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Thread: This recent kick-starter activity got me thinking...

  1. #1
    verbose douchebag
    Registered: Apr 2002
    Location: UK

    This recent kick-starter activity got me thinking...

    This could be either a very stupid idea, already done, or something worth pondering, so rather than decide that for myself, I'll speed things up by crowd-sourcing the answer here.

    I thought that a logical extension of the kick-starter phenomenon for cult game revival is to extend the fan drive further towards the fans.

    The recent nostalgia thread includes many highly galvanising statements along the lines of "wouldn't it practically be porn if X game was revived in Y engine" or similar. Couldn't there be some kind of system / poll / website / whatever for fans putting these suggestions in the form of a petition statement and leaving them to either be unpopular, or generate enough interest to get a dev interested in picking it up as a kick-starter.

    Begin refining this idea, suggesting something better or calling me an idiot in the style of an unkempt Hugh Laurie as soon as you get the time.

  2. #2
    Taking a break
    Registered: Dec 2002
    So... you will host a site spending your time and money on it so other people can benefit from it?

    Inconceivable

  3. #3
    verbose douchebag
    Registered: Apr 2002
    Location: UK
    I don't have the time or ability to set up and run a web-site, but I know people who do. And yes, I would quite happily devote time and energy to something which benefited others, because I like to do good things. Also, if it provides an additional avenue into interesting game development, then it would benefit me indirectly, because I like games.

  4. #4
    Member
    Registered: Apr 2001
    Location: Switzerland
    You don't have particularly strong motivators built into the system. With Kickstarter, the people starting the projects are already fairly passionate about them, so they have an incentive for this to get off the ground; the people who pledge their financial support likewise have a strong stake in this working out - they want a new Wasteland or an adventure by Ron Gilbert and Tim Shafer etc.

    In your model, fans don't have much more of a stake than if they sign a petition, and anyone can do that. There's no inherent link between the number of signatories and the number of people who would actually pay for the game.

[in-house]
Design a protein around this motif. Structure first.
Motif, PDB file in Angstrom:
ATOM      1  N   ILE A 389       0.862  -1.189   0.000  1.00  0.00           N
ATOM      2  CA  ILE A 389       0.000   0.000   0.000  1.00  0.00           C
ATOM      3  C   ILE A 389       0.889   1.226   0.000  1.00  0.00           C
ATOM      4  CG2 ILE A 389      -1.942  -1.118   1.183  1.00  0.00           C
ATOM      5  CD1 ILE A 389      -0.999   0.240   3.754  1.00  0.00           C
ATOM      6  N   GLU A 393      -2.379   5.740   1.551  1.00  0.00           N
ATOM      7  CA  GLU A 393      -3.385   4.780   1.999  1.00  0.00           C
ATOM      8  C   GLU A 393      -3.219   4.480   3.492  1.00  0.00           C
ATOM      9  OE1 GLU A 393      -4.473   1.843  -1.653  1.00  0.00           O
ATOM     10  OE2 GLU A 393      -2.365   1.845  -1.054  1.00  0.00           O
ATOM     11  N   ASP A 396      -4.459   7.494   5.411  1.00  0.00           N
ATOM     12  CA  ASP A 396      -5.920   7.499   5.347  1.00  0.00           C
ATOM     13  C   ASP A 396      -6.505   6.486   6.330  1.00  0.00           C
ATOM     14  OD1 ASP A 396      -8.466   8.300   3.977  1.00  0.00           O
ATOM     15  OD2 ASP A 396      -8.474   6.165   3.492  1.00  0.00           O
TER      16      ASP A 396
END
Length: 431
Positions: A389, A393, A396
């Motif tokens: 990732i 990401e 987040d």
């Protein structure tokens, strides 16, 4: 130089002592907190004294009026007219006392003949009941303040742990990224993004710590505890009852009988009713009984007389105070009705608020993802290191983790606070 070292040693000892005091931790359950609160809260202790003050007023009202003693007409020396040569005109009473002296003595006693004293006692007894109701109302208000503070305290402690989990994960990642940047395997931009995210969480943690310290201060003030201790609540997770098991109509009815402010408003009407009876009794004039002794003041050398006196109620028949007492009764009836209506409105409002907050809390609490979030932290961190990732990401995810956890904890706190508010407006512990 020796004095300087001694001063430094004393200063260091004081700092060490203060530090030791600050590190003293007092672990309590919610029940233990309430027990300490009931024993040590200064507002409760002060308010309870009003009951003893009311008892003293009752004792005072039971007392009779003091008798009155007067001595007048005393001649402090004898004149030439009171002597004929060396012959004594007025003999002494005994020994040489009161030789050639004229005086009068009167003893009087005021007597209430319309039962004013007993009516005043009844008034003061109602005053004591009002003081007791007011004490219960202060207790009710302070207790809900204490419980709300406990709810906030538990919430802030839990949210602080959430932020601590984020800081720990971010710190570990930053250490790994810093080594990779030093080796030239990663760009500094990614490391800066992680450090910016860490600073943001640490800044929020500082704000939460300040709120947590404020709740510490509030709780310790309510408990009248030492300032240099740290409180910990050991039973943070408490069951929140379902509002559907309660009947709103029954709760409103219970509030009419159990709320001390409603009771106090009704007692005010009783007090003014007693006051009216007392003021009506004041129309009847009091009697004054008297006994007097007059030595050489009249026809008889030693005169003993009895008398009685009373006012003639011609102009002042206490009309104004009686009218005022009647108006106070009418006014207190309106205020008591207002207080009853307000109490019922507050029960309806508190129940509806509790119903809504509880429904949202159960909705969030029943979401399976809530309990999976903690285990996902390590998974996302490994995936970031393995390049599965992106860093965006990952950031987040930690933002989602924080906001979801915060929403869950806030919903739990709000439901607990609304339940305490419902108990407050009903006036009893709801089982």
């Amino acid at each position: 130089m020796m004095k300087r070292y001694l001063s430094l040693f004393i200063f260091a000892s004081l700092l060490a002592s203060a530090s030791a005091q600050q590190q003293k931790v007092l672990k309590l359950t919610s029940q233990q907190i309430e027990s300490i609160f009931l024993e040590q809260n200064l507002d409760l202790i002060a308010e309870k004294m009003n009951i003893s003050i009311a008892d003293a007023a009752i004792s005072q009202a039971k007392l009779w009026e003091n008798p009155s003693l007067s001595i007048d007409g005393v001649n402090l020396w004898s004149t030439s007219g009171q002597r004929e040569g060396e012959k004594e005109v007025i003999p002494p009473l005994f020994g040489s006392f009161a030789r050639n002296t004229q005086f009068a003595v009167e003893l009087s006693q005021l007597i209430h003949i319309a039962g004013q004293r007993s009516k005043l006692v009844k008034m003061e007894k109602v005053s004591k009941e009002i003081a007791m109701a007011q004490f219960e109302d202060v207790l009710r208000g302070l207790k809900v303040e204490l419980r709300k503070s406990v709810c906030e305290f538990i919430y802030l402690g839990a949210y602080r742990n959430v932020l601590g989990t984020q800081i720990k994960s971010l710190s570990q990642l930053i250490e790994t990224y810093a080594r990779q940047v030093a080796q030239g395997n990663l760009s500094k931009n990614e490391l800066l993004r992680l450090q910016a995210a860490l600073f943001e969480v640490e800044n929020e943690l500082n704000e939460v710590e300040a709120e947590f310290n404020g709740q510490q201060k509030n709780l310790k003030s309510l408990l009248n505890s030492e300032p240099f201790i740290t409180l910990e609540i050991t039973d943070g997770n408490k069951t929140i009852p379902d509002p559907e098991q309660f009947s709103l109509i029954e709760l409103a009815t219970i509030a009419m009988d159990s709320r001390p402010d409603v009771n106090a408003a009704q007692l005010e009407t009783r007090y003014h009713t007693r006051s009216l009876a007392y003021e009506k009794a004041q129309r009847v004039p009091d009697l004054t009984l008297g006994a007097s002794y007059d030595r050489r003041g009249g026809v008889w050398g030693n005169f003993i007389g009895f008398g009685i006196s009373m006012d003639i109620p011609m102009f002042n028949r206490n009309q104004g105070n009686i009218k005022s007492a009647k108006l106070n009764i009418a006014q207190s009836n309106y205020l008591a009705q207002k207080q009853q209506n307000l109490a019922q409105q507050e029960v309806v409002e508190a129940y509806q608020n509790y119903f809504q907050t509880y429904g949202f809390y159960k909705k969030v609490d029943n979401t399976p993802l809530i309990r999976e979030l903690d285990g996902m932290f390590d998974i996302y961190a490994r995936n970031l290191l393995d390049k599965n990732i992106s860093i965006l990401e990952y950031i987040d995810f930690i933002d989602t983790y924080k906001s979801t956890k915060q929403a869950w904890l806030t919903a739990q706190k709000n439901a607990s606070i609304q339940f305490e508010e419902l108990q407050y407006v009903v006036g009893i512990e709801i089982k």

Likewise, developers don't have much of a stake in a project proposed by someone else which happened to get more signatures. They have no strong reason to believe that they'll have a big enough audience to warrant the time, money and energy they're going to invest into the project. If you're going to be developing someone else's ideas, you at least want to make sure that you get paid okay. What reason would developers have to go for this rather than their own ideas?

  5. #5
    verbose douchebag
    Registered: Apr 2002
    Location: UK
    Quote Originally Posted by Thirith View Post
    You don't have particularly strong motivators built into the system. With Kickstarter, the people starting the projects are already fairly passionate about them, so they have an incentive for this to get off the ground; the people who pledge their financial support likewise have a strong stake in this working out - they want a new Wasteland or an adventure by Ron Gilbert and Tim Shafer etc.
    So far, that's what we have, yes. But if you introduce metrics for demand, then surely there's a chance some of the ideas will coincide with the interests of a dev or two. I'm sure devs are capable of being inspired by a great idea, and it is likely that the more popular ideas will be the more inspired ones.

    In your model, fans don't have much more of a stake than if they sign a petition, and anyone can do that. There's no inherent link between the number of signatories and the number of people who would actually pay for the game.
    Again, true, but as in this forum when people start creaming themselves at "what ifs" they are only going to bother going into a website and signing up if they're genuinely interested. But I take the point that more commitment would be good. What if you could select a hypothetical pledge amount? Devs could browse the site, see which ideas they like and which have a decent looking dollar value resting next to it, then they could opt to begin a kick-starter, which, unless I have not understood how kick-starters work, wouldn't actually commit the dev to doing anything until the requisite amount had been raised.